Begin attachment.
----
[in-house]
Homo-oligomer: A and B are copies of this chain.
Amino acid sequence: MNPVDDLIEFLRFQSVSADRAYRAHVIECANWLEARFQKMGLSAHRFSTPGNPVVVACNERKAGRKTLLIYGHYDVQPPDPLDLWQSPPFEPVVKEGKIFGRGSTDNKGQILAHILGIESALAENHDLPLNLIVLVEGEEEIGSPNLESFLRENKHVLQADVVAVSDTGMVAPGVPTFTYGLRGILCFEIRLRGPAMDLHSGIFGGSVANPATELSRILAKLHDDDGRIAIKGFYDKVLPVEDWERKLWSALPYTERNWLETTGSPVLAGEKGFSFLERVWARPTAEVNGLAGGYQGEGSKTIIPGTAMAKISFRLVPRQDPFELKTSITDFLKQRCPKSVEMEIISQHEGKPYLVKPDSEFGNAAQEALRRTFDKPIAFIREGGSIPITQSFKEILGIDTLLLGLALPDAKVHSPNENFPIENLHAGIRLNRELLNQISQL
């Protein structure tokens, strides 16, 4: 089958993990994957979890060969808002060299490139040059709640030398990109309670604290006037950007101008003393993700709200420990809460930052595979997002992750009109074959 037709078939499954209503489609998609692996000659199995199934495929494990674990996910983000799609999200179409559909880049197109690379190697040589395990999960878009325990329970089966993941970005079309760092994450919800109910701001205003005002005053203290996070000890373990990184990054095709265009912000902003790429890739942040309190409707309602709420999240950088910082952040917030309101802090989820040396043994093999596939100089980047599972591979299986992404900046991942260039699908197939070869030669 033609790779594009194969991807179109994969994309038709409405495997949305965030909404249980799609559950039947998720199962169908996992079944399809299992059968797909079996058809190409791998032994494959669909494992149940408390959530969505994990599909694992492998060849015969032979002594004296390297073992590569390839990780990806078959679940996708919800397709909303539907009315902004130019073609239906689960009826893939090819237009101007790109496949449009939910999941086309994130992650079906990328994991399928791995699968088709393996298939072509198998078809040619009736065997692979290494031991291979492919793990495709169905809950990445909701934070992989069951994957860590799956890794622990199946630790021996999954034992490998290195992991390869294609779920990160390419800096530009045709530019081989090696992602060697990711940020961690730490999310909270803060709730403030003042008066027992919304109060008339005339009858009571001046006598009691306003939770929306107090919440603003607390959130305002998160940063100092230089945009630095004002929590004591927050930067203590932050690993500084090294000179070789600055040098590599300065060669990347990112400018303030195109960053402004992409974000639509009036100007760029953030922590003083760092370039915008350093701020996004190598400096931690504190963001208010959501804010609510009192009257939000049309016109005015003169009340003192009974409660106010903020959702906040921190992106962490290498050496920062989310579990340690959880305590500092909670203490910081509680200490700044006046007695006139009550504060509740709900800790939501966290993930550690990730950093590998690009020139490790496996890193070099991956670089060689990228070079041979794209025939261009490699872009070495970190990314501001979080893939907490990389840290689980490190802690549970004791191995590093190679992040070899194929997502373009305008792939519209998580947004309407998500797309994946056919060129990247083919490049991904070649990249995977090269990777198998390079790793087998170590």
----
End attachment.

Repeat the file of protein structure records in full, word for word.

[in-house]
Homo-oligomer: A and B are copies of this chain.
Amino acid sequence: MNPVDDLIEFLRFQSVSADRAYRAHVIECANWLEARFQKMGLSAHRFSTPGNPVVVACNERKAGRKTLLIYGHYDVQPPDPLDLWQSPPFEPVVKEGKIFGRGSTDNKGQILAHILGIESALAENHDLPLNLIVLVEGEEEIGSPNLESFLRENKHVLQADVVAVSDTGMVAPGVPTFTYGLRGILCFEIRLRGPAMDLHSGIFGGSVANPATELSRILAKLHDDDGRIAIKGFYDKVLPVEDWERKLWSALPYTERNWLETTGSPVLAGEKGFSFLERVWARPTAEVNGLAGGYQGEGSKTIIPGTAMAKISFRLVPRQDPFELKTSITDFLKQRCPKSVEMEIISQHEGKPYLVKPDSEFGNAAQEALRRTFDKPIAFIREGGSIPITQSFKEILGIDTLLLGLALPDAKVHSPNENFPIENLHAGIRLNRELLNQISQL
């Protein structure tokens, strides 16, 4: 089958993990994957979890060969808002060299490139040059709640030398990109309670604290006037950007101008003393993700709200420990809460930052595979997002992750009109074959 037709078939499954209503489609998609692996000659199995199934495929494990674990996910983000799609999200179409559909880049197109690379190697040589395990999960878009325990329970089966993941970005079309760092994450919800109910701001205003005002005053203290996070000890373990990184990054095709265009912000902003790429890739942040309190409707309602709420999240950088910082952040917030309101802090989820040396043994093999596939100089980047599972591979299986992404900046991942260039699908197939070869030669 033609790779594009194969991807179109994969994309038709409405495997949305965030909404249980799609559950039947998720199962169908996992079944399809299992059968797909079996058809190409791998032994494959669909494992149940408390959530969505994990599909694992492998060849015969032979002594004296390297073992590569390839990780990806078959679940996708919800397709909303539907009315902004130019073609239906689960009826893939090819237009101007790109496949449009939910999941086309994130992650079906990328994991399928791995699968088709393996298939072509198998078809040619009736065997692979290494031991291979492919793990495709169905809950990445909701934070992989069951994957860590799956890794622990199946630790021996999954034992490998290195992991390869294609779920990160390419800096530009045709530019081989090696992602060697990711940020961690730490999310909270803060709730403030003042008066027992919304109060008339005339009858009571001046006598009691306003939770929306107090919440603003607390959130305002998160940063100092230089945009630095004002929590004591927050930067203590932050690993500084090294000179070789600055040098590599300065060669990347990112400018303030195109960053402004992409974000639509009036100007760029953030922590003083760092370039915008350093701020996004190598400096931690504190963001208010959501804010609510009192009257939000049309016109005015003169009340003192009974409660106010903020959702906040921190992106962490290498050496920062989310579990340690959880305590500092909670203490910081509680200490700044006046007695006139009550504060509740709900800790939501966290993930550690990730950093590998690009020139490790496996890193070099991956670089060689990228070079041979794209025939261009490699872009070495970190990314501001979080893939907490990389840290689980490190802690549970004791191995590093190679992040070899194929997502373009305008792939519209998580947004309407998500797309994946056919060129990247083919490049991904070649990249995977090269990777198998390079790793087998170590």